Tech

Drug cartel’s disturbing new weapon

A Mexican drug cartel have begun using weaponised drones in an effort to take out their rivals — one of the latest tactics in the drug wars that have plagued the Central American nation, according to reports.

The airborne attacks have become a common weapon for the Jalisco New Generation Cartel — Cartel Jalisco Nueva Generacion, or CJNG in Spanish — which authorities believe controls one-third of the drugs that enter the US, to gain a larger foothold in the export of illegal drugs, according to a report by Forbes.

“The CJNG has been involved with such devices since late 2017 in various regions in Mexico,” Robert Bunker, director of research and analysis at C/O Futures, a California-based consulting firm, told Forbes.

“This cartel is well on its way to institutionalising the use of weaponised drones. None of the other cartels appear to presently even be experimenting with the weaponisation of these devices.”

Earlier this month a militia group formed by farmers in Michoacan reported finding two drones with C4 explosives and ball bearings strapped to them — and reported hearing explosions which they attribute to the devices, according to Mexico’s El Universal newspaper.

The Cartel Jalisco Nueva Generacion (CJNG) Mexican drug cartel.
media_cameraThe Cartel Jalisco Nueva Generacion (CJNG) Mexican drug cartel.

Three other CJNG drones packed with explosives were seized earlier in the year, among the weapons aimed at the rival Rosa de Lima cartel, the reports said.

In 2018, one of the armed devices was used to attack a senior Mexican official at his home Baja, California — in what authorities believe was a warning because the target was not home at the time.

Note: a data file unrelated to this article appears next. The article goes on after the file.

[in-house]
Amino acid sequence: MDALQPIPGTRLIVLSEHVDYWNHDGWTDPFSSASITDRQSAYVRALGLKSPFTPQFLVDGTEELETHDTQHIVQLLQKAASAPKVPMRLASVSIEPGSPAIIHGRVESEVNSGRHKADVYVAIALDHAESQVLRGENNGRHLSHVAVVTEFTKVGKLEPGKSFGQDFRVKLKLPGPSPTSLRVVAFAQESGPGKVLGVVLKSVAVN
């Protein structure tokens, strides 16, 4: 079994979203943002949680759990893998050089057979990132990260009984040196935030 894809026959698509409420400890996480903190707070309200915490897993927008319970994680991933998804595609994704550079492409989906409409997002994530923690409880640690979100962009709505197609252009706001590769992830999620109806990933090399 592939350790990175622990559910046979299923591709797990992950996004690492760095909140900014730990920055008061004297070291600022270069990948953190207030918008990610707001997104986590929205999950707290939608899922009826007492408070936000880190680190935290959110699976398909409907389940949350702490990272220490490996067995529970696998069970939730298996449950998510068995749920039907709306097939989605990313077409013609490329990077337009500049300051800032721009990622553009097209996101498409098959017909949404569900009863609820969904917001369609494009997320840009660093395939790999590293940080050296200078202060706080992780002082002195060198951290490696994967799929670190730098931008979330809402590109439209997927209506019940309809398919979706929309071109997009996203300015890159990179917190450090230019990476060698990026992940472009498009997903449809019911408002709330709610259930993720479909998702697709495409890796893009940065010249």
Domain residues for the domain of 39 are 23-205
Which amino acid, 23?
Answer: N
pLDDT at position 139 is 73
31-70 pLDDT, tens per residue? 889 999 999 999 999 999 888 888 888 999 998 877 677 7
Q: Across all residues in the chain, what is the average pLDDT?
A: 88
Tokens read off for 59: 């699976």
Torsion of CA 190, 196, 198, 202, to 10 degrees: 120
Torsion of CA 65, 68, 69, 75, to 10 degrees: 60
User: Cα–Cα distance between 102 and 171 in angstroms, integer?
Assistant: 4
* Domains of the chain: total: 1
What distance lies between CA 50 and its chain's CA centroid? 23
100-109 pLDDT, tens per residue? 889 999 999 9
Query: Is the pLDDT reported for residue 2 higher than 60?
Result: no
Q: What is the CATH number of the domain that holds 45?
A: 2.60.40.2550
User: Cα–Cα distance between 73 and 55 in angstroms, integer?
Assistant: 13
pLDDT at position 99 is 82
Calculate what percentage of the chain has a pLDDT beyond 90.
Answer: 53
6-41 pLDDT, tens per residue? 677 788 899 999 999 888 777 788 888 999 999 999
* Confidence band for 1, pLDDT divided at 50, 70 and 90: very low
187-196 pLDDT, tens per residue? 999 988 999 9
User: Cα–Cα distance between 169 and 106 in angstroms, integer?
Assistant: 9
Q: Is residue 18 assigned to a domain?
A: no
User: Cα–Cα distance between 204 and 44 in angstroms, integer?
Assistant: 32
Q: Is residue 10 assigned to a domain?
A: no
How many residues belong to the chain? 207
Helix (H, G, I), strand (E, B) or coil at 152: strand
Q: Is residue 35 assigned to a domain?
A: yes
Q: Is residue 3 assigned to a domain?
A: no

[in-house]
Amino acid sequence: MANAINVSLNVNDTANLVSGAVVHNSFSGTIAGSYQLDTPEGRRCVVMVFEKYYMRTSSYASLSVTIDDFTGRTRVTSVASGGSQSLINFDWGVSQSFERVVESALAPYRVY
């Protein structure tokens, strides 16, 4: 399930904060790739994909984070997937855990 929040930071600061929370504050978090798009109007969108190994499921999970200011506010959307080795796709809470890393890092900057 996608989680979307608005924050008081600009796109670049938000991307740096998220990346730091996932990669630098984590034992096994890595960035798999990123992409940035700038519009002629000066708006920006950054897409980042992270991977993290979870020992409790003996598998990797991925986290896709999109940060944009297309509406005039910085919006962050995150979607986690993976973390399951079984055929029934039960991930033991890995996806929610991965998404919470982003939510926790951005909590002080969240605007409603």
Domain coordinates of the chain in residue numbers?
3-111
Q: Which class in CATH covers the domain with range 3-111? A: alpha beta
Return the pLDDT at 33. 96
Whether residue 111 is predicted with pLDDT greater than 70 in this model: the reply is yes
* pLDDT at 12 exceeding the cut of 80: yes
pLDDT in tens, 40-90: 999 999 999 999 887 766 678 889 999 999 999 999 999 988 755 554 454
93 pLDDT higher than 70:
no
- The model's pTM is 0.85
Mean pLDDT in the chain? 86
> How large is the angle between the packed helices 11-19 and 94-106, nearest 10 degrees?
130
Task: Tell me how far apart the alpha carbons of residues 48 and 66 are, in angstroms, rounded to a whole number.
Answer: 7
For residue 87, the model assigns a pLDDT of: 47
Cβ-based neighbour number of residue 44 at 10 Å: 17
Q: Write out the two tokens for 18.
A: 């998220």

And as early as 2017, four cartel members were arrested with a drone carrying a “potato bomb,” or an improvised hand grenade.

With commercial drones now widely available on the market, the only challenge for the sicarios is how best to weaponise them, Mr Bunker said.

“The limiting factor is not so much the availability of military-grade explosives — commercial or homemade explosives can be substituted — but the basic technical knowledge necessary to create improvised explosives devices or IEDs.”

The armed gadgets are similar to armed “quadcopters” like one used in an assassination attempt on Venezuelan leader Nicolas Maduro in 2018, and less sophisticated versions of bomber drones used by ISIS and other radical groups in the Middle East since 2016, Forbes said.

This article originally appeared on NY Post and was reproduced with permission

Originally published as Drug cartel’s disturbing new weapon

Preet Kaur

Preet is our Tech wiz. With a Degree in Computer Science and English literature, she loves to research the latest of the tech world and is great getting to the heart of what’s going on in that arena. At times we need to put a damper on his opinions as they might come off a little strong. “NOT” Keep it rolling Preet, we love your thoughts and insight. e-mail: preetkaur@eaglesvine.com

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